The organization is the brand

Japan Airlines was established as the national flag carrier of Japan in 1953. The government was the largest shareholder and for over 30 years, JAL was the only Japanese domestic airline with the rights to fly international routes. In other words, as a government entity it had a monopoly on those prized international sectors.

Rather than employing professionals in the industry, the government tried to run the airline, creating bureaucratic inefficiencies that had little inclination to deliver the value customers are looking for.

Hope came in the late 1980s when the government sold it’s stock in the company and the airline was privatized. In 2002 Japan Airlines System was incorporated to manage JAL and by 2006 the airline’s daily operations had reached 192 international routes and 387 daily flights.

A new brand identity and aircraft livery themed around ‘the arc of the sun’ was created and it was hoped that ‘the identity would help JAL build a stronger global brand and position a JAL flight as a means to acclimatizing to Japanese culture, attempting to attract more international business people flying to Japan to choose JAL over other international carriers’.

In 2010, JAL is fighting off claims of imminent bankruptcy by multiple media organizations. According to etravelblackboardasia.com, JAL has experienced financial difficulties for quite some time and currently owes more than US$5.8 billion.

JAL shares plunged to a record low in Tokyo trading last week, however the airline is still positive that it will experience a turnaround with the support of the Japanese government. The site also quotes a JAL spokesperson as saying that reports that JAL was planning to cut all of its international routes to cut costs are 100% false.

Well, only time will tell but it is crystal clear that the airline is in big trouble and is surviving on bail outs from the ETIC (Enterprise Turnaround Initiative Corporation of Japan).

What lessons can other legacy carriers learn from this?

Using creativity to build a brand.
When Japan Airlines and Japan Air Systems merged, the idea was to provide the foundations for a more efficient organisation to compete both domestically and internationally. Nothing wrong so far.

Next came the development of the brand image. This was to clearly communicate the fact that the merger had created a new and improved organization. According to Landor, the JAL agency, “the JAL brandmark needed to express a new business philosophy and strategy and at the same time be flexible enough to apply at every touchpoint where travelers, airline employees, and travel advisors have exposure to the brand.”

Landor also says on it’s website, “The JAL mark reaches dynamically to the sky. It is derived from the motif of a rising sun, one of the best-known icons of Japan. The mark is drawn in a modern way and is reflected in the red sun on the tail of the aircraft. In 2002, the integrated holding company was established and the JAL mark was introduced. It is now visible in advertising, ticketing, airport environments, and the combined fleet of aircraft. Implementation of the design will be gradually executed through prioritized applications.”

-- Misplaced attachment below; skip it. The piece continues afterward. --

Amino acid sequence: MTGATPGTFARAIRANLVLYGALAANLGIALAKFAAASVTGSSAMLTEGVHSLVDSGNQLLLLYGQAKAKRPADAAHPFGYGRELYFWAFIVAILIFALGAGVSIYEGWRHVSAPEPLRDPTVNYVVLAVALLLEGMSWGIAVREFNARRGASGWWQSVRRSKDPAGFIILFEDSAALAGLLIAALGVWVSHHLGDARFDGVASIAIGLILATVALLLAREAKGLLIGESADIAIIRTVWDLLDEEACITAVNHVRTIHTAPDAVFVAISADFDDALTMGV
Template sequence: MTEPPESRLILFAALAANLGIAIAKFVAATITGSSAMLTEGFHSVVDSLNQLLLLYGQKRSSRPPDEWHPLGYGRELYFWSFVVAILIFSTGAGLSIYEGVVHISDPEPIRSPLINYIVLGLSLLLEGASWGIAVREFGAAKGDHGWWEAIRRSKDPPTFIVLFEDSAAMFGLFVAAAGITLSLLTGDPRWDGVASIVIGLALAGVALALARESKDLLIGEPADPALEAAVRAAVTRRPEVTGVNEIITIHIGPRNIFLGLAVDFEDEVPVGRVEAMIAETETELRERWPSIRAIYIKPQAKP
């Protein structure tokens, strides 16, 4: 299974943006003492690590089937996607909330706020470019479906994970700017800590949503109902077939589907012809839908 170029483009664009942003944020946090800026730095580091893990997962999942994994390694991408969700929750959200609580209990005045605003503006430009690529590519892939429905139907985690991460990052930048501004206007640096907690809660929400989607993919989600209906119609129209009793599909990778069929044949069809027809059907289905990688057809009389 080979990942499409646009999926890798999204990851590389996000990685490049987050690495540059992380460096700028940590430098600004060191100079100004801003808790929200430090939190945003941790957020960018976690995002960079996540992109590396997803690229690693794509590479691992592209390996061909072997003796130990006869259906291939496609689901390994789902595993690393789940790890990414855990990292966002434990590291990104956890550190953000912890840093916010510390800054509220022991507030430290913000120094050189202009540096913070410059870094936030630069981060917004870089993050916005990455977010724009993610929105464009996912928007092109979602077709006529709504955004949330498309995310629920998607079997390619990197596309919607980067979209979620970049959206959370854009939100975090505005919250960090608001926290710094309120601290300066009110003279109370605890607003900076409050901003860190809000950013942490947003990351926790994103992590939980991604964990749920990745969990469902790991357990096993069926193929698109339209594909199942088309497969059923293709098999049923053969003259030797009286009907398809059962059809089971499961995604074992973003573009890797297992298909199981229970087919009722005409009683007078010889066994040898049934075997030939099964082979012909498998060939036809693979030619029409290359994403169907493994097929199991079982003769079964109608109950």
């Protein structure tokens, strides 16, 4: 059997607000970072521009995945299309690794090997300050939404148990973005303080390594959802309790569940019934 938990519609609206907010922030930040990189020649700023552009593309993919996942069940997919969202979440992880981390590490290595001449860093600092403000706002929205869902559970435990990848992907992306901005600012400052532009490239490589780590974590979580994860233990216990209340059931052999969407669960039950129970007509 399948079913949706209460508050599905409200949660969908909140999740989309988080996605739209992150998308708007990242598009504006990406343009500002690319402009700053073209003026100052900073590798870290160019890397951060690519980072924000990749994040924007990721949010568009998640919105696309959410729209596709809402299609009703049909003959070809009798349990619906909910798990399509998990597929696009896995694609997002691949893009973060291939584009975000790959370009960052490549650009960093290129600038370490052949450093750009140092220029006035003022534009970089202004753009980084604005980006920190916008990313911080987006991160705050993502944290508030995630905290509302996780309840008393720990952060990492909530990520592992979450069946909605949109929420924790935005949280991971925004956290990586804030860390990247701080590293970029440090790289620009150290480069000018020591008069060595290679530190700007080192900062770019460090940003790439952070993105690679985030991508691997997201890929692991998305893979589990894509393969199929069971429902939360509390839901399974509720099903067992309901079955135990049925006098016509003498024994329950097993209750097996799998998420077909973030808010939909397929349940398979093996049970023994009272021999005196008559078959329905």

Sounds good, but the problem is that consumers aren’t buying that stuff anymore. Positioning products belongs in a mass economy that no longers exists. There are too many airlines essentially positioning themselves in the same way. This is because positioning and the 4 ‘Ps’ are imprinted on the DNA of an entire generation of marketers. But the market conditions have changed and it is time to bury the concept otherwise we’ll see more companies in the same position as JAL.

JAL should have focussed it’s brand building efforts, not on reaching for the sky with a motive derived directly from the sun but on providing value to customers based on bespoke relationships with existing customers, access, relevant content to relevant segments, userbility, technology and more. Sure a slick identity is important but it will not build the brand on its own.

Strategic relationships
JAL was late joining an airline alliance which meant it couldn’t offer the interconnectivity of competitors. This has had a profound impact on the airline. ANA, JAL’s competitor joined Star Alliance in 1999, eight years before JAL joined ONEWORLD.

Operations
Although once the airline was privatised, it did reduce costs by cutting staff levels and employing cheaper foreign staff, it still operated at high unit costs which had a negative impact on operating effectiveness.

The right technology
It is critical to invest in technology that is user friendly. JAL’s flight planning software is awkward and confusing.

Flexibility
Like many airlines, JAL focussed on attracting customers to the high yield spots at the front of the plane. There is a general theory (I don’t know how true it is) that if you fill business class on a 747, the flight is paid for and the rest is gravy. This is a common strategy but in the recent economic meltdown it’s not a very effective one.

Despite no longer being a government company, JAL was slow to adapt to the economic situation and suffered as a result. It is imperative therefore that airlines become more nimble and whilst a strategic plan is important, it has to be versatile enough to adapt quickly to challenging market situations. At the same time, it has to be adaptable to take advantage of opportunities.

I doubt very much that the Japanese government will let JAL fail. But what about other Asian legacy carrier established by governments to fly the flag globally? Many of them are already sucking funds out of already empty coffers. Will they be alowed to fail?

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